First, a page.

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Turn to Navy Housing Service Centers for PCSing to PPV Housing

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WASHINGTON (NNS) -- With the permanent change of station (PCS) season right around the corner, Sailors and families are urged to turn to their Navy Housing Service Centers (HSC) for assistance to select the housing that best suit their needs.

The centers, which are located Navy-wide, provide a range of services and resources to help service members and families make housing choices, process applications and manage waitlists.

“The HSC staff provides professional assistance to guide you in your home-finding experience,” said Greg Wright, Navy Housing director for Commander, Navy Installations Command. “They are committed to supporting our Sailors and families, and will even advocate on their behalf by providing issue resolution with landlords if needed.”

Contact the HSC Prior to PCSing

The Housing Early Assistance Tool (HEAT) assists service members and families in obtaining housing information Navy-wide. Service members and families can start the housing process at multiple Navy installations online before or after they receive their permanent change of station orders. HEAT creates an easy user experience to connect with your next duty station. Spouses can also use the assistance tool, needing only minimal information about their service member. To access HEAT, go to www.cnic.navy.mil/HEAT.

Sailors and families can apply for housing through the service center or HEAT at any time, but applications will not be fully processed until all required documents are submitted. When applying to Navy-owned or privatized housing, make sure you have the following documentation: Application for Assignment to Housing (DD Form 1746), Sex Offender Policy Acknowledgement & Disclosure Form, completed PCS orders, and all dependent certification documents.

Choosing to Live in PPV Housing

There are three housing options available to Sailors and families – Public-Private Venture Housing (PPV), government housing, which is located overseas, and community housing. For Sailors living in the continental U.S. and in Hawaii, many select to live in privatized housing.

Active duty military personnel with dependents are eligible for and are the primary residents of privatized family housing. This creates a built-in, tight-knit neighborhood that is unique to military family housing.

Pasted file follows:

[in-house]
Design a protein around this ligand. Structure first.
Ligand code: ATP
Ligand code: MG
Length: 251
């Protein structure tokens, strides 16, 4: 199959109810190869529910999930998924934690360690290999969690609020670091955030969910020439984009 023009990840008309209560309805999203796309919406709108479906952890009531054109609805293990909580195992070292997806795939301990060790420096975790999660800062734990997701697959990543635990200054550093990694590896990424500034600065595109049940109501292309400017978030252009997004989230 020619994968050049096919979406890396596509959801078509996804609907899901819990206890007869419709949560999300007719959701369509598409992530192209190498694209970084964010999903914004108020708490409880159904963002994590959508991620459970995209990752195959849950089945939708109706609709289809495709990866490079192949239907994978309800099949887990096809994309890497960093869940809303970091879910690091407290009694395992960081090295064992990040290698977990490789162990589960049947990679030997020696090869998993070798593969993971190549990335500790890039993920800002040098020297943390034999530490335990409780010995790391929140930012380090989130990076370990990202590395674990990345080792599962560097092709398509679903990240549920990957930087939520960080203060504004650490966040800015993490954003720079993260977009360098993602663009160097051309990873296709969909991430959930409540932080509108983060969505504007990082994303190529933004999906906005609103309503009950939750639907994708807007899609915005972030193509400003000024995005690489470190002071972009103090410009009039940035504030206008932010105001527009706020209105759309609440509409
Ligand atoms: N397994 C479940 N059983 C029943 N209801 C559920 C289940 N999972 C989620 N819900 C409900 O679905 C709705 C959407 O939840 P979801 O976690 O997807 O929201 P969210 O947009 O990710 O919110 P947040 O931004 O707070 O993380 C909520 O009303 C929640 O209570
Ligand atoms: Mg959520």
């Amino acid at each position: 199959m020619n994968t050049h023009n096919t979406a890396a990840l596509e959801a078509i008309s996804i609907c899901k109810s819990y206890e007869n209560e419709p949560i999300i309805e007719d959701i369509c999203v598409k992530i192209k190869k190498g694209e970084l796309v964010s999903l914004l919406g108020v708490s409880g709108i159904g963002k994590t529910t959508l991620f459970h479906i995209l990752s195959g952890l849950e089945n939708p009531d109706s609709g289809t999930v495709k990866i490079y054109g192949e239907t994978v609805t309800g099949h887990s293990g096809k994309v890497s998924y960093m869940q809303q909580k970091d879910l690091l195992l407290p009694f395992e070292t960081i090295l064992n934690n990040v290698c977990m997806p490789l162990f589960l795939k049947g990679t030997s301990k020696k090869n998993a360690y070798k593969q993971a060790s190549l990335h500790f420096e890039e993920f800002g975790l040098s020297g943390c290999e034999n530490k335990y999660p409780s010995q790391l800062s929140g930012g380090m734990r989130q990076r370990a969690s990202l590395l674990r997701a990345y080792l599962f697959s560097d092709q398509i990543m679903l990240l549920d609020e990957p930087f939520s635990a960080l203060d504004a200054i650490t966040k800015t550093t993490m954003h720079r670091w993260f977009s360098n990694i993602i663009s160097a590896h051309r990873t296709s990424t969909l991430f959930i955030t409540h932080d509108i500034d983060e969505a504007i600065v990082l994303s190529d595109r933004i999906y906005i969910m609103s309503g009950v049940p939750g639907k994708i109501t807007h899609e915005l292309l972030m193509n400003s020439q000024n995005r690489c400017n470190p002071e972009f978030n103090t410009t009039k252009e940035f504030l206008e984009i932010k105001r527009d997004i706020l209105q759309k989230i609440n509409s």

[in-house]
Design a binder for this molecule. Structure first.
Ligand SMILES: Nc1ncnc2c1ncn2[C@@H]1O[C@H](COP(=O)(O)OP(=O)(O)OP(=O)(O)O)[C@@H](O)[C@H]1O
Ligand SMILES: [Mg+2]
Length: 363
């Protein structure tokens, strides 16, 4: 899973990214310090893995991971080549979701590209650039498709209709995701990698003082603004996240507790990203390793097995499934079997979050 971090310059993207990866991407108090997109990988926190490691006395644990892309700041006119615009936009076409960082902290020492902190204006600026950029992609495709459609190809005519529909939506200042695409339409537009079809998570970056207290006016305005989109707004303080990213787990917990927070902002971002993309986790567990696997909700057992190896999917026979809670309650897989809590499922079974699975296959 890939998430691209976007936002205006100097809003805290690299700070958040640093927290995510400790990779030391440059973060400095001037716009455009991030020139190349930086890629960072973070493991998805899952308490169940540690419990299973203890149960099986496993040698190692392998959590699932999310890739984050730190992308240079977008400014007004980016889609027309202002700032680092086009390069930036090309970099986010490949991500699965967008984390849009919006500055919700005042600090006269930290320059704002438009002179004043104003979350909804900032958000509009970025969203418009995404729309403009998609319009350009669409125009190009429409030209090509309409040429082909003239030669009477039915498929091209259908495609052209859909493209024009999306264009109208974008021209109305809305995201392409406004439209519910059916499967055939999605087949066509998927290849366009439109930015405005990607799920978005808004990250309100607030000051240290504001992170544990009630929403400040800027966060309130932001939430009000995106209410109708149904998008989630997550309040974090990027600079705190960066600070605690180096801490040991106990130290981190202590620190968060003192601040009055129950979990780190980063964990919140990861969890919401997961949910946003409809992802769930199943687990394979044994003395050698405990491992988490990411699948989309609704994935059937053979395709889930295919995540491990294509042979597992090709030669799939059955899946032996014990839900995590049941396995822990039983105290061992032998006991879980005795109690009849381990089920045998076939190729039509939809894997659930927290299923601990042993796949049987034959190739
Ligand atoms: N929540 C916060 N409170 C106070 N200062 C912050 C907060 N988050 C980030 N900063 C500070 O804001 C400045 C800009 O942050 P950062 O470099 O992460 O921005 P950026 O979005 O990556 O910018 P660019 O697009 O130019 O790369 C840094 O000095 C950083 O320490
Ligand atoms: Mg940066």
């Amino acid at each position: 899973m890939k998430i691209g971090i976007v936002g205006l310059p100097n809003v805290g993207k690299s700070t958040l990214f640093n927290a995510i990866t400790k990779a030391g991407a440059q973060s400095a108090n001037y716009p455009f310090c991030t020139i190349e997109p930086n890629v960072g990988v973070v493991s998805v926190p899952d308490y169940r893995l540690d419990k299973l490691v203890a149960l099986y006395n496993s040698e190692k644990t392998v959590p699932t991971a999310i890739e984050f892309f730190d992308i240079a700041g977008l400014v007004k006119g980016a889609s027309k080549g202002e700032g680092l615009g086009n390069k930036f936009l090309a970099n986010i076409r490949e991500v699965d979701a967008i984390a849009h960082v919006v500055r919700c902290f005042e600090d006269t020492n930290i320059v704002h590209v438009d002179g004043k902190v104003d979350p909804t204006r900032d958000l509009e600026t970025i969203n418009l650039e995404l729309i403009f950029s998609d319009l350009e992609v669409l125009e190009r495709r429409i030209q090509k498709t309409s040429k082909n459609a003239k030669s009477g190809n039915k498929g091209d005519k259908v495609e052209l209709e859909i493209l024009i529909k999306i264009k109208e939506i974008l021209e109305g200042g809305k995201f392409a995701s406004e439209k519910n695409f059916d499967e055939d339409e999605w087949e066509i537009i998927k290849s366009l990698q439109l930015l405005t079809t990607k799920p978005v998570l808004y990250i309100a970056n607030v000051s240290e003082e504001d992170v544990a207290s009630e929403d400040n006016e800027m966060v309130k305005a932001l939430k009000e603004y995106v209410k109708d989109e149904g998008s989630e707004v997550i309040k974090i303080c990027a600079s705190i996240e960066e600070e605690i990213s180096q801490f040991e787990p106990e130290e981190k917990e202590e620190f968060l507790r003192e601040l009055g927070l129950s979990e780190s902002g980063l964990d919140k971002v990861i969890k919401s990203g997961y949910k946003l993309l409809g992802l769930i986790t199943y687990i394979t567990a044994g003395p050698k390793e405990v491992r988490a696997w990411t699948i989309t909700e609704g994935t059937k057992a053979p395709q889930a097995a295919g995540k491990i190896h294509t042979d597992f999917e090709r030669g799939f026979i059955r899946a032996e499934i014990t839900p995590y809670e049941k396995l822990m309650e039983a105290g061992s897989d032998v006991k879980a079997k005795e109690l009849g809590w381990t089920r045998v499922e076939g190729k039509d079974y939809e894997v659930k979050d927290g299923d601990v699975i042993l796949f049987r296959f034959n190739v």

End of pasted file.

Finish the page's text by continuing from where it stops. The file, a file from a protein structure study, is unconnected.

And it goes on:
There are several benefits associated with PPV housing, to include no security deposit when rent is paid by allotment and rent is due in alignment with the service member’s Basic Allowance for Housing (BAH). There are also no application or credit check fees and service members cannot be denied a lease due to negative credit checks. PPV residents also have the option of selecting a six-month or 12-month lease. 

PPV rent includes basic utilities, such as average electricity use, trash collection, water, sewer and common area grounds and facility care. Privatized neighborhoods often include 24-hour maintenance, free events for children and families as well as additional amenities, such as courtesy patrols, recreation centers, gyms, pools and playgrounds.

“Sailors and families should compare PPV housing with other rental options available prior to making a housing decision,” Wright said. “Even after residents move into their homes, if they encounter issues, it is best to communicate directly to the PPV housing manager. If the issue is not resolved, service members and families are encouraged to contact the Navy Housing Center for further assistance.”

More About PPV Housing

PPV housing is managed much the same way as community rentals; however, it is owned by a private entity and governed by a business agreement between the private entity and the Navy. The private entity is responsible for the construction, renovation, maintenance and day-to-day management of the housing. Privatized housing may be located on or off an installation. In many cases, the privatized housing is former military housing.  As with community housing, a lease agreement must be signed with the landlord and rent is capped so it is never higher than the BAH with dependents rate.

 “The choice is yours, but no matter what housing option you decide to take, the Navy Housing staff is available to provide assistance,” Wright said.

If you have issues with privatized housing, you can contact Navy Housing Headquarters at NavyHousingHQ@navy.mil.

Those interested in learning more about the PPV housing options can contact their local HSC. HSC contact information is available at www.cnic.navy.mil/ContactHousing

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